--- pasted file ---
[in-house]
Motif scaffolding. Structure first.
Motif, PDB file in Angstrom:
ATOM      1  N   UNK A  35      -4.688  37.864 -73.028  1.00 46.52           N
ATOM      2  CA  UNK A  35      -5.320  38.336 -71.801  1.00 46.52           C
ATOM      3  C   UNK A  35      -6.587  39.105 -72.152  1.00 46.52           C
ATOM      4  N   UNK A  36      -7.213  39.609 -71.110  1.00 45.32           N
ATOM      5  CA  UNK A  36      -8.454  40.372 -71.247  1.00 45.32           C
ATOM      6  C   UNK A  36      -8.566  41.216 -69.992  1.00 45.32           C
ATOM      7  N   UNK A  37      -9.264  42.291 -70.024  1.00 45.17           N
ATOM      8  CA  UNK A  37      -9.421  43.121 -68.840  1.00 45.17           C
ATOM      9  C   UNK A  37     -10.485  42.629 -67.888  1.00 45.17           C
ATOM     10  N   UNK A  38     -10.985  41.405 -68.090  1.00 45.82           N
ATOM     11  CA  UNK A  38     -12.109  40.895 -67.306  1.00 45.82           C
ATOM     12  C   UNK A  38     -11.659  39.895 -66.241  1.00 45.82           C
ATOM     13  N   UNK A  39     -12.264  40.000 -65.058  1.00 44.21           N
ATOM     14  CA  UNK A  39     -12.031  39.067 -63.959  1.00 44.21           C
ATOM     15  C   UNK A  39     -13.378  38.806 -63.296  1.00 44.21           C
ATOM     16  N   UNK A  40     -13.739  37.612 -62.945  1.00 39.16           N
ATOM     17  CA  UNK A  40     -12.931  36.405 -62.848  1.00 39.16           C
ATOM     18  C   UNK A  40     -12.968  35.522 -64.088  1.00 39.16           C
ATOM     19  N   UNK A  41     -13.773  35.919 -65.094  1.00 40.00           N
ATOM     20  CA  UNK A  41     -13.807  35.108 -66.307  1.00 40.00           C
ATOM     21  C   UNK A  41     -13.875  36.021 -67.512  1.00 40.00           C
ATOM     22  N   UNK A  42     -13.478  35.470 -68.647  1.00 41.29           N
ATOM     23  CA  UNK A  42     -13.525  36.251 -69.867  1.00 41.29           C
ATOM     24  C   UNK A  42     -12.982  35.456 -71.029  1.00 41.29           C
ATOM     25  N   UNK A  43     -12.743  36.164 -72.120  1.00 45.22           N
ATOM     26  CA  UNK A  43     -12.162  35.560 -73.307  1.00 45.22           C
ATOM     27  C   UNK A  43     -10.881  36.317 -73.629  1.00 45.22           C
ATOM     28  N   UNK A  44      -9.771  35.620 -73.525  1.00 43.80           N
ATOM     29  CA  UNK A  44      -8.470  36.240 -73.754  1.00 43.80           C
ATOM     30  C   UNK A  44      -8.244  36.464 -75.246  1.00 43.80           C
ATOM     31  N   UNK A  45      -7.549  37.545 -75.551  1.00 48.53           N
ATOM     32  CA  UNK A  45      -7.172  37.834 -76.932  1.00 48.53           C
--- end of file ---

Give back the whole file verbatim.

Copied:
[in-house]
Motif scaffolding. Structure first.
Motif, PDB file in Angstrom:
ATOM      1  N   UNK A  35      -4.688  37.864 -73.028  1.00 46.52           N
ATOM      2  CA  UNK A  35      -5.320  38.336 -71.801  1.00 46.52           C
ATOM      3  C   UNK A  35      -6.587  39.105 -72.152  1.00 46.52           C
ATOM      4  N   UNK A  36      -7.213  39.609 -71.110  1.00 45.32           N
ATOM      5  CA  UNK A  36      -8.454  40.372 -71.247  1.00 45.32           C
ATOM      6  C   UNK A  36      -8.566  41.216 -69.992  1.00 45.32           C
ATOM      7  N   UNK A  37      -9.264  42.291 -70.024  1.00 45.17           N
ATOM      8  CA  UNK A  37      -9.421  43.121 -68.840  1.00 45.17           C
ATOM      9  C   UNK A  37     -10.485  42.629 -67.888  1.00 45.17           C
ATOM     10  N   UNK A  38     -10.985  41.405 -68.090  1.00 45.82           N
ATOM     11  CA  UNK A  38     -12.109  40.895 -67.306  1.00 45.82           C
ATOM     12  C   UNK A  38     -11.659  39.895 -66.241  1.00 45.82           C
ATOM     13  N   UNK A  39     -12.264  40.000 -65.058  1.00 44.21           N
ATOM     14  CA  UNK A  39     -12.031  39.067 -63.959  1.00 44.21           C
ATOM     15  C   UNK A  39     -13.378  38.806 -63.296  1.00 44.21           C
ATOM     16  N   UNK A  40     -13.739  37.612 -62.945  1.00 39.16           N
ATOM     17  CA  UNK A  40     -12.931  36.405 -62.848  1.00 39.16           C
ATOM     18  C   UNK A  40     -12.968  35.522 -64.088  1.00 39.16           C
ATOM     19  N   UNK A  41     -13.773  35.919 -65.094  1.00 40.00           N
ATOM     20  CA  UNK A  41     -13.807  35.108 -66.307  1.00 40.00           C
ATOM     21  C   UNK A  41     -13.875  36.021 -67.512  1.00 40.00           C
ATOM     22  N   UNK A  42     -13.478  35.470 -68.647  1.00 41.29           N
ATOM     23  CA  UNK A  42     -13.525  36.251 -69.867  1.00 41.29           C
ATOM     24  C   UNK A  42     -12.982  35.456 -71.029  1.00 41.29           C
ATOM     25  N   UNK A  43     -12.743  36.164 -72.120  1.00 45.22           N
ATOM     26  CA  UNK A  43     -12.162  35.560 -73.307  1.00 45.22           C
ATOM     27  C   UNK A  43     -10.881  36.317 -73.629  1.00 45.22           C
ATOM     28  N   UNK A  44      -9.771  35.620 -73.525  1.00 43.80           N
ATOM     29  CA  UNK A  44      -8.470  36.240 -73.754  1.00 43.80           C
ATOM     30  C   UNK A  44      -8.244  36.464 -75.246  1.00 43.80           C
ATOM     31  N   UNK A  45      -7.549  37.545 -75.551  1.00 48.53           N
ATOM     32  CA  UNK A  45      -7.172  37.834 -76.932  1.00 48.53           C